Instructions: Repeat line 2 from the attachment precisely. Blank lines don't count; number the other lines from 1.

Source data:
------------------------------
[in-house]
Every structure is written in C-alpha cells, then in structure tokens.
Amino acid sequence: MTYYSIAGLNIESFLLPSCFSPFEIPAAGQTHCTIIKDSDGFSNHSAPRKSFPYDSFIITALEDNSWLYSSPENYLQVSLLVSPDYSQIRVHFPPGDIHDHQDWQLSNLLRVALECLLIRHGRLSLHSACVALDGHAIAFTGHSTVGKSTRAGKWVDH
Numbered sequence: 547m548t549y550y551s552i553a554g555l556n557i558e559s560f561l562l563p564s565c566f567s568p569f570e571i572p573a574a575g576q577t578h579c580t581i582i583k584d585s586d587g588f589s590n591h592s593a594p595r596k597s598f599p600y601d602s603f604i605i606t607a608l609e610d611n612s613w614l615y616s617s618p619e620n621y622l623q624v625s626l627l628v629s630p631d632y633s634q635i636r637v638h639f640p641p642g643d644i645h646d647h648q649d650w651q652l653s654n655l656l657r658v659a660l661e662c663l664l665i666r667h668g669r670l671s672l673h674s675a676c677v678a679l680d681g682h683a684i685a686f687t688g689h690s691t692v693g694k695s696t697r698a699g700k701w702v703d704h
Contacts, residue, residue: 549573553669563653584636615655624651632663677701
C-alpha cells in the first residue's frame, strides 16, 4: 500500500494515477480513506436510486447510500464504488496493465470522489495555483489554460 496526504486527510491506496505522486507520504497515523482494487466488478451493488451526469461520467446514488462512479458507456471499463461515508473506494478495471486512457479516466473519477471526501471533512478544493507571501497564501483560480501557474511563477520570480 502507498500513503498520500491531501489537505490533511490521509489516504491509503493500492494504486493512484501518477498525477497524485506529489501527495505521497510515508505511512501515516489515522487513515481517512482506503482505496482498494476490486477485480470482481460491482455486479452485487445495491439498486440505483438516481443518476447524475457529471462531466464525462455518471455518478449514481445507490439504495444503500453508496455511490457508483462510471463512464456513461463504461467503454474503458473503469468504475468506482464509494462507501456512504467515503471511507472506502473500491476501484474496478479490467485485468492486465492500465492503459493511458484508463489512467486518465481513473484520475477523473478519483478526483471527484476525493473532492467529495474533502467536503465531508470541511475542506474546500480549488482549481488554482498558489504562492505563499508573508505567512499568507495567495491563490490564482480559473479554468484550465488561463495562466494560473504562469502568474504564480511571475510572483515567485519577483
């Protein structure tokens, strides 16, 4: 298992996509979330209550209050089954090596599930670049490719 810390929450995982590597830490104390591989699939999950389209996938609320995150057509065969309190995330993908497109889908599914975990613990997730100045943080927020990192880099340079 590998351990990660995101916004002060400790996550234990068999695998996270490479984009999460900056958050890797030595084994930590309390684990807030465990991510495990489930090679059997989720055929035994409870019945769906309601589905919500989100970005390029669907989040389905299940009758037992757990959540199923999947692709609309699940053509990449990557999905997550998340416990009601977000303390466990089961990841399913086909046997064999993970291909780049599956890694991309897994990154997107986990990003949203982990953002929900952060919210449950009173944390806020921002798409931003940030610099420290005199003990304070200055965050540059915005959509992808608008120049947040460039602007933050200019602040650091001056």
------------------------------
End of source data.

Every structure is written in C-alpha cells, then in structure tokens.